Christian Themes

The book of Hebrews (5:1) states that a priest is a man taken from among men to do for them those things that pertain to God. Morte d’Urban describes the fragility of the priest’s human condition in relation to his divine duties. Until the middle of the twentieth century, the American Catholic Church comprised working-class European immigrants or their recent descendants. The parish priest was a figure of totem sanctity and authority. The book evokes another title, the story of the legendary King Arthur by Sir Thomas Malory, Le Morte d’Arthur (1485), reminding readers of the esteem in which the parish priest was held by his parishioners. However, in the atmosphere of rising prosperity and increasing higher education following World War II, some in the Catholic laity increasingly perceived their priests’ “feet of clay.” It was to this audience that the novels of J. F. Powers appealed, particularly Morte d’Urban, which describes clerical foibles and failures.

The dilemma of the irreligious life of people in religion is a perennial theme in Christian literature. One finds it in Dante’s La divina commedia (c. 1320; The Divine Comedy, 1802), Geoffrey Chaucer’s The Canterbury Tales (1387-1400), and Graham Greene’s novel The Power and the Glory (1940). In Morte d’Urban, Powers sets this dilemma within the context of a parochial, materialistic, mid-twentieth century America, applying the satirical style of Sinclair Lewis from works such as Main Street (1920), Babbitt (1922), and Elmer Gantry (1927).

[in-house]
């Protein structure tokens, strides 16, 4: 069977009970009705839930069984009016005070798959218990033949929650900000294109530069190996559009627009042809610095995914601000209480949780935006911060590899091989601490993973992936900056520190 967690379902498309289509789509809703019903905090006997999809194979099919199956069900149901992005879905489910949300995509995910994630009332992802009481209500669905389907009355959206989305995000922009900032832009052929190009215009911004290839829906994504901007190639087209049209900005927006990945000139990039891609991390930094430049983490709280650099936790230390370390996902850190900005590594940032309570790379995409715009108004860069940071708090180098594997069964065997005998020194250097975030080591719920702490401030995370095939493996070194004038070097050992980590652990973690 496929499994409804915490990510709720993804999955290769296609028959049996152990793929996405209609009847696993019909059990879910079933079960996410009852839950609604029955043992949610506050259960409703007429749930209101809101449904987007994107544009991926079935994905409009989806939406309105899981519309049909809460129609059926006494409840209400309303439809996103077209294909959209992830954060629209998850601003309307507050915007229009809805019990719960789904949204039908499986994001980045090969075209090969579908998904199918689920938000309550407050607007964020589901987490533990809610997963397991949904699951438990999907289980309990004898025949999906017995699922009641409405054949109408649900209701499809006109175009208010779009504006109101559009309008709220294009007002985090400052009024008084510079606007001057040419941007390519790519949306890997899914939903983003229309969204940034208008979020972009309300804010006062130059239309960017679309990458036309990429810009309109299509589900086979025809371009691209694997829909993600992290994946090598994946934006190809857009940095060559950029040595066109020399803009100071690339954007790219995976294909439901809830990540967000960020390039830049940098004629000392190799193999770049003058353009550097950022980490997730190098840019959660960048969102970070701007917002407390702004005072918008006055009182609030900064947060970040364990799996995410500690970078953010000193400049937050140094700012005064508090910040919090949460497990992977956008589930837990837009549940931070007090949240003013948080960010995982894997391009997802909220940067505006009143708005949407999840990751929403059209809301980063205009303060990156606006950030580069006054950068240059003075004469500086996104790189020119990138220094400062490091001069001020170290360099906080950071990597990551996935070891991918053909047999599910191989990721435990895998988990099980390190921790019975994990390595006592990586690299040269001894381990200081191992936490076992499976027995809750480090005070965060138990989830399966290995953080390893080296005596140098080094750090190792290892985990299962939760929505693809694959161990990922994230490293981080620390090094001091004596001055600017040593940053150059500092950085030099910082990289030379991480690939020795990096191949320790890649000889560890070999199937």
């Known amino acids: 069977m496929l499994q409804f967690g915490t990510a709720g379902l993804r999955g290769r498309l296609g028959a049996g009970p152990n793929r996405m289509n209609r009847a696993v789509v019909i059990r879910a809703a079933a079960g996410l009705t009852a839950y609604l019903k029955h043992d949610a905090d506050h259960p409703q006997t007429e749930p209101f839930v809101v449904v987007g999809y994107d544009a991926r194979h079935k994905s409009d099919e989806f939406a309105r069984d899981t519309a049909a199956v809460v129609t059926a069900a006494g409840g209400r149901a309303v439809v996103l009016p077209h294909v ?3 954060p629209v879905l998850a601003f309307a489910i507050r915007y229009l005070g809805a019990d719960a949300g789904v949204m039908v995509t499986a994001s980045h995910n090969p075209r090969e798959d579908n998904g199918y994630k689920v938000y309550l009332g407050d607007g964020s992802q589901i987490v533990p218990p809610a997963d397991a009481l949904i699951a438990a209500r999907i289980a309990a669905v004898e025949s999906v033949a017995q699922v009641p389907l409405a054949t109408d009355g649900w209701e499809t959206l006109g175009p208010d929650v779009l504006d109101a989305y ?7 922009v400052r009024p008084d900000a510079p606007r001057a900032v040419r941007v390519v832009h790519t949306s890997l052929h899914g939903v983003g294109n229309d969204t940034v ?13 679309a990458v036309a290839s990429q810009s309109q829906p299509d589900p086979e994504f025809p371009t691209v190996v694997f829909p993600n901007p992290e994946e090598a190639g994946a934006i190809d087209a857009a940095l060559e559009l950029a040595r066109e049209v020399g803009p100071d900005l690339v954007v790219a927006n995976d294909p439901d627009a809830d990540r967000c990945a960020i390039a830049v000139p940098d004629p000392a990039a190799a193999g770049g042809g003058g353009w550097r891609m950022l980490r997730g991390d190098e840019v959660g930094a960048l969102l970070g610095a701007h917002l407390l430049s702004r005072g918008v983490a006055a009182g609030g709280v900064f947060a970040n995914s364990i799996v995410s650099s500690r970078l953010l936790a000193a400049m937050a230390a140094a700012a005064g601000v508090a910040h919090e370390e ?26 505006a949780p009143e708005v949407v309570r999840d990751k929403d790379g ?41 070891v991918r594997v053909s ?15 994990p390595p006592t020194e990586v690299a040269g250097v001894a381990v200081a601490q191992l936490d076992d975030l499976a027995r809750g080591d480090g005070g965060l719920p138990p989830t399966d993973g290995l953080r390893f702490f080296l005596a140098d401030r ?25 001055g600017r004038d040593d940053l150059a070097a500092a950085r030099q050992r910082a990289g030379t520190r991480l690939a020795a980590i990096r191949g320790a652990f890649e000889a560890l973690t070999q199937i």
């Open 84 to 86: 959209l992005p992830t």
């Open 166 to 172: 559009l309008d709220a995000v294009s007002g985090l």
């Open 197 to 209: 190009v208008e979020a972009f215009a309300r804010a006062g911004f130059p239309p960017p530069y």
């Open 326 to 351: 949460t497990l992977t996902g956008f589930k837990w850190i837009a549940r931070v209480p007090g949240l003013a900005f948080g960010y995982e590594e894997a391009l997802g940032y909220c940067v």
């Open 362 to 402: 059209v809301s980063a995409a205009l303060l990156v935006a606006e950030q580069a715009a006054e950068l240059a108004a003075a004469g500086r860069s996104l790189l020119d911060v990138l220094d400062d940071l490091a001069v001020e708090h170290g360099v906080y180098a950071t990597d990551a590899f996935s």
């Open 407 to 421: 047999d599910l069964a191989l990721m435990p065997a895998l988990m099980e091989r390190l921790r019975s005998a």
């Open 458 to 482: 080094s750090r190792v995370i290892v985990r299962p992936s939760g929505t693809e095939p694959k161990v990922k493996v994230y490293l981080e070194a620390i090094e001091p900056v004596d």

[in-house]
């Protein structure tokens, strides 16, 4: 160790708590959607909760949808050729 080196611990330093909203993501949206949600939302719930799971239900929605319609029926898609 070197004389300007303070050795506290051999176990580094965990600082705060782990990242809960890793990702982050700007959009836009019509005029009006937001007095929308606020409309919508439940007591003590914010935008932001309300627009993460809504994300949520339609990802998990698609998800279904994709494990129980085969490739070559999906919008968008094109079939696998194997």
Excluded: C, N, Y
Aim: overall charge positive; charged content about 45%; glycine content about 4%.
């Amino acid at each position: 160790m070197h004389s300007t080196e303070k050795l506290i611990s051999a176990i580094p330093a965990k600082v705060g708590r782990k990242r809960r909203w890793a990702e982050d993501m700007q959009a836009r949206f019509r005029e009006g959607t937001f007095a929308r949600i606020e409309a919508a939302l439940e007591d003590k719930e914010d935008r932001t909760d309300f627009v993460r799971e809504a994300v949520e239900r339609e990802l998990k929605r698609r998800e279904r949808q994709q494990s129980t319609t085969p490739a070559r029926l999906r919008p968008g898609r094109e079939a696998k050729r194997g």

Father Urban is not as much a religious person as a clerical version of an affable salesman or promoter, somewhat more given to moral rhetoric. However, even this posture arises not from theological principles so much as from his efforts to maintain an agreeable social environment. Spirituality and liturgy are only tangential to his life. His occasional religious thoughts focus mainly on aspects of church history or homely admonitions that he can present more effectively in his preaching. The book’s title ironically recalls that of Sir Thomas Malory’s Le Morte d’Arthur, which retold the tales of the heroic King Arthur and his knights of the Round Table. However, the morte (death) of the title refers not to the death of a hero such as King Arthur but to the desiccated spirituality of an ordinary man.